Adjunct Professor Michael Levine likes to see airlines compete. After all, he helped deregulate the airline industry two decades ago before serving as an executive at three different carriers.
But Levine fears new consolidation may kill the competitive industry he helped create as an official at the Civilian Aeronautics Board. So he’s become a vocal critic of United and American Airlines’ proposed purchase of US Airways.
US Airways argues it must merge with a larger airline or go out of business. Levine warned a U.S. Senate Judiciary subcommittee in February that United and American are seeking to create “a fortress occupied by a big two.” He also testified about American’s purchase of TWA before the Senate’s Commerce Committee.
Levine said other airlines will find it difficult to keep up with the larger American and United. “They will entrench themselves as a big two and produce a competitive position for themselves that can’t be duplicated by anyone else,” he said.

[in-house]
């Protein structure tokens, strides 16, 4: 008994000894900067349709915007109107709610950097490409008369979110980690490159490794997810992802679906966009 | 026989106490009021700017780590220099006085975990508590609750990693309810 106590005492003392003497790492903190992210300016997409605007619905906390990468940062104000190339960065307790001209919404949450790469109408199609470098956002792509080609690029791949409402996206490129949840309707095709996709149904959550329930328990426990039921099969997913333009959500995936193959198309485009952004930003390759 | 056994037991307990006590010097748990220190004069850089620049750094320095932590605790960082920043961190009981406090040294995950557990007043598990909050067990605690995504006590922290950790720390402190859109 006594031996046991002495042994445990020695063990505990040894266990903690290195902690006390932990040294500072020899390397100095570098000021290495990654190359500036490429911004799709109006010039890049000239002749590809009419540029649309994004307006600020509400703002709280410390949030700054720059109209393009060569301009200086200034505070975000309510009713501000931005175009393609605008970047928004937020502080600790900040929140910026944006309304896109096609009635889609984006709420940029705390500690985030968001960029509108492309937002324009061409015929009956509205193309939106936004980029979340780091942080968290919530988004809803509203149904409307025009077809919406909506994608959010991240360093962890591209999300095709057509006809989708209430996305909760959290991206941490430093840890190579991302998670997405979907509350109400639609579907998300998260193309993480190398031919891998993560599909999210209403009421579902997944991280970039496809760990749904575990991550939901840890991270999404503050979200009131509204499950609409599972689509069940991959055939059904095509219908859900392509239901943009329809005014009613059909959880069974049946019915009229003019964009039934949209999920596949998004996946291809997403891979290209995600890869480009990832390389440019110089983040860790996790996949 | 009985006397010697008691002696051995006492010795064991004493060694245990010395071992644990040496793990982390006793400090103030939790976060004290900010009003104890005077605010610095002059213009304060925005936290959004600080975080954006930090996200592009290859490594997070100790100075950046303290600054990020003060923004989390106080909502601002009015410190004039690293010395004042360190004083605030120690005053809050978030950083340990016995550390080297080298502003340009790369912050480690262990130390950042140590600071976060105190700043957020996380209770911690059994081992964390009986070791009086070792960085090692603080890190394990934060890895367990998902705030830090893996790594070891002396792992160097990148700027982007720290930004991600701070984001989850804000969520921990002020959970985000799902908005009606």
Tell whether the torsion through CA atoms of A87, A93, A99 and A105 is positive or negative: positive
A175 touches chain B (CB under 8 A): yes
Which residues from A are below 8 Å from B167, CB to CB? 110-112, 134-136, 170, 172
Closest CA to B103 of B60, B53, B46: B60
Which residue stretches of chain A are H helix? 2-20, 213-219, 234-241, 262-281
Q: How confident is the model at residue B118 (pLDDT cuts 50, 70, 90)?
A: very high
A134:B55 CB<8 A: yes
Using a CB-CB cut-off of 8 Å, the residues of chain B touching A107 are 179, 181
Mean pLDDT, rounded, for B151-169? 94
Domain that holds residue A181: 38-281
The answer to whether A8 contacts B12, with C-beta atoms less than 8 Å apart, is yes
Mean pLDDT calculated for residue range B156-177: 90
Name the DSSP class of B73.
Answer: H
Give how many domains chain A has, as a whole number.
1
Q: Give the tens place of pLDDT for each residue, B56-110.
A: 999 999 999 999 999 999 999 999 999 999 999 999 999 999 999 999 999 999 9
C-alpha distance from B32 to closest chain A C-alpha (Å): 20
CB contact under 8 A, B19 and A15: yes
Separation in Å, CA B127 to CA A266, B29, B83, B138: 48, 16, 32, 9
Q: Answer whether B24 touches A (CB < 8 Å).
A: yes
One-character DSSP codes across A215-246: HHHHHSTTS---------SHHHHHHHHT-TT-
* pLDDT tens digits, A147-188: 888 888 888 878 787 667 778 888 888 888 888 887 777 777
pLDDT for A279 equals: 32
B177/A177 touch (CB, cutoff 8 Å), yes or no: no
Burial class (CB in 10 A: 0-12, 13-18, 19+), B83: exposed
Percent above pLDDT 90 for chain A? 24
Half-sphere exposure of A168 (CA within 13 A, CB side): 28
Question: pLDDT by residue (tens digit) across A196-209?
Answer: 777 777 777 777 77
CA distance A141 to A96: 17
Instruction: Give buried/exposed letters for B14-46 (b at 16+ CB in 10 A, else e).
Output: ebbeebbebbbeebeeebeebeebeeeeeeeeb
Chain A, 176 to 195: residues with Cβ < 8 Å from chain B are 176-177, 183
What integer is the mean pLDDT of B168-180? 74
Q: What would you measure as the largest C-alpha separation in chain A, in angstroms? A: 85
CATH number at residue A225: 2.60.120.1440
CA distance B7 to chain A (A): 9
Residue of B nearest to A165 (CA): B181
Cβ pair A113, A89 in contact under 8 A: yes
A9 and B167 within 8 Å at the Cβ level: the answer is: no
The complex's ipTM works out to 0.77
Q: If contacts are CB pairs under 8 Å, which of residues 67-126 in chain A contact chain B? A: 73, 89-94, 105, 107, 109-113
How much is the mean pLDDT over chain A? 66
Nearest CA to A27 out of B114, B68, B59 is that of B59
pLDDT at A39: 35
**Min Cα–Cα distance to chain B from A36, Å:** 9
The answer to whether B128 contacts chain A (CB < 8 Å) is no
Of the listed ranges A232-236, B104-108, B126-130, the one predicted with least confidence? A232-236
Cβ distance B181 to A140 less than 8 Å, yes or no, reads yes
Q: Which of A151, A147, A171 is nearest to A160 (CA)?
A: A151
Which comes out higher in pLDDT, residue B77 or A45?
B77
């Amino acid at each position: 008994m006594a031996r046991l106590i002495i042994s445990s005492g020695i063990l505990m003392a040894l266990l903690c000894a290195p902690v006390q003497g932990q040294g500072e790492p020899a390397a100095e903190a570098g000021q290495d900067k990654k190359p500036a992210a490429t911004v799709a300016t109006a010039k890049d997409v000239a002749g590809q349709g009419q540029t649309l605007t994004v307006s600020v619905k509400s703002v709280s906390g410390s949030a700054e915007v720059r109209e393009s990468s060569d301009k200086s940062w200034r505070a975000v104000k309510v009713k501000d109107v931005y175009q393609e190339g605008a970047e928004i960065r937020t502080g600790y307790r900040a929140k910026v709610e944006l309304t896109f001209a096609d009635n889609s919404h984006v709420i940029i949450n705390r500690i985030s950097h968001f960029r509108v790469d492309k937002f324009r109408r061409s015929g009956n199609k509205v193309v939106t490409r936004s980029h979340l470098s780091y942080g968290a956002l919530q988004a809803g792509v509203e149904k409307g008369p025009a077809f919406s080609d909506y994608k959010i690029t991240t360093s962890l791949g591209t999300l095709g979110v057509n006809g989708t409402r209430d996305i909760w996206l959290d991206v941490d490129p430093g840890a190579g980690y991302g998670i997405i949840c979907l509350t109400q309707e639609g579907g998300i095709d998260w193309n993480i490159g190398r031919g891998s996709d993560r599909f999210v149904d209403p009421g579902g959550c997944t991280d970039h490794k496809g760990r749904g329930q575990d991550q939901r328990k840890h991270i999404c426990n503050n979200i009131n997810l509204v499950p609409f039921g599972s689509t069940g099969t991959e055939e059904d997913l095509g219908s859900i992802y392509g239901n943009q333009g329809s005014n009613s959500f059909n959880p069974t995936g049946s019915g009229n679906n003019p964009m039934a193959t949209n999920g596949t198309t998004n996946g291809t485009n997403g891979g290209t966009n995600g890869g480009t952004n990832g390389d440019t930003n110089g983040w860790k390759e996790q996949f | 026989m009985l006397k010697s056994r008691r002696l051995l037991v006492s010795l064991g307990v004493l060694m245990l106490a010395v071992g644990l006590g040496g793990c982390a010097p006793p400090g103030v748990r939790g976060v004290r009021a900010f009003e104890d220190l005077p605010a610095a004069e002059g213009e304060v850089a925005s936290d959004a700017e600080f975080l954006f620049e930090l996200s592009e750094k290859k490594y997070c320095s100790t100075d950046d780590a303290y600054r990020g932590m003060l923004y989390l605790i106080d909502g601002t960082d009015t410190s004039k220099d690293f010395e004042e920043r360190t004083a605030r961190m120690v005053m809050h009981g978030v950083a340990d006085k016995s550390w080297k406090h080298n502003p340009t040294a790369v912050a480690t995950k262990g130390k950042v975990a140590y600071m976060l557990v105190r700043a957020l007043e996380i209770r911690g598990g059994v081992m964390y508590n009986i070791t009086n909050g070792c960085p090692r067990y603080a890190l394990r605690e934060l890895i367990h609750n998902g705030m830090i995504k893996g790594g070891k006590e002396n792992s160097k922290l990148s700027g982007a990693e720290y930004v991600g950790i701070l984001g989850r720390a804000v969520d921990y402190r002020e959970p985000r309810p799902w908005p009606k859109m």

Levine spent much of his career working for smaller competitors that would likely suffer if US Airways gets carved up. He served as CEO of now-defunct New York Air and vice president of Continental before joining Northwest Airlines as executive vice president in 1992. Posters depicting Northwest propeller planes hang on the walls of his Hauser Hall office.
In between airline stints, Levine also served as dean of Yale’s School of Management. Since coming to HLS in 1999, he’s taught courses on deregulation and international joint ventures.
Between airline mergers and California’s botched electric industry deregulation, Levine says recent events give him plenty to talk about in class.
“It’s giving deregulation a bad name,” he said.